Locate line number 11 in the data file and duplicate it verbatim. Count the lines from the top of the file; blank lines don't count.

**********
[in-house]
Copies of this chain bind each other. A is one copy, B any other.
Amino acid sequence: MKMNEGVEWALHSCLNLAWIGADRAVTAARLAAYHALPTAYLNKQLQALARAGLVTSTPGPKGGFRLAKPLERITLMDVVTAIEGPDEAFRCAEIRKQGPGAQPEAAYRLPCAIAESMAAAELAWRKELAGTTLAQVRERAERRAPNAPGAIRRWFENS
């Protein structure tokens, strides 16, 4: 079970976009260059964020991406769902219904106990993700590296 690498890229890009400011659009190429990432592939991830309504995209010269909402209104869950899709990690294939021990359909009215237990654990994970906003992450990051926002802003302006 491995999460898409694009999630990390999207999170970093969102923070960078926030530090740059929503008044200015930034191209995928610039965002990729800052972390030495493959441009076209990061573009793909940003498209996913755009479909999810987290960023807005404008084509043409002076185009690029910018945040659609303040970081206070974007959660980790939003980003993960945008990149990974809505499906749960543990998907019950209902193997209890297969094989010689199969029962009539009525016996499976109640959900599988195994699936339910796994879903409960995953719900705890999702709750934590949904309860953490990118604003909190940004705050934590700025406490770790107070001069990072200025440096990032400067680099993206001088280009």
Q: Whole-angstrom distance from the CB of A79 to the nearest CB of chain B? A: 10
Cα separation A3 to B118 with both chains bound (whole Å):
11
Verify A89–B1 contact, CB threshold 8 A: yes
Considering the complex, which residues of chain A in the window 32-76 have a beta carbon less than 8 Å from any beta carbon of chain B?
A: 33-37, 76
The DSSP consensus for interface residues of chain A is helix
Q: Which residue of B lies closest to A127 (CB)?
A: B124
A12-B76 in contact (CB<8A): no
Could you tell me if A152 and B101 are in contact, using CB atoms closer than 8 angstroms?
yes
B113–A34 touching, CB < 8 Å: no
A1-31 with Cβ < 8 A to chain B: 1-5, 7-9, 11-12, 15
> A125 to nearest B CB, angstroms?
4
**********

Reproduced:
The DSSP consensus for interface residues of chain A is helix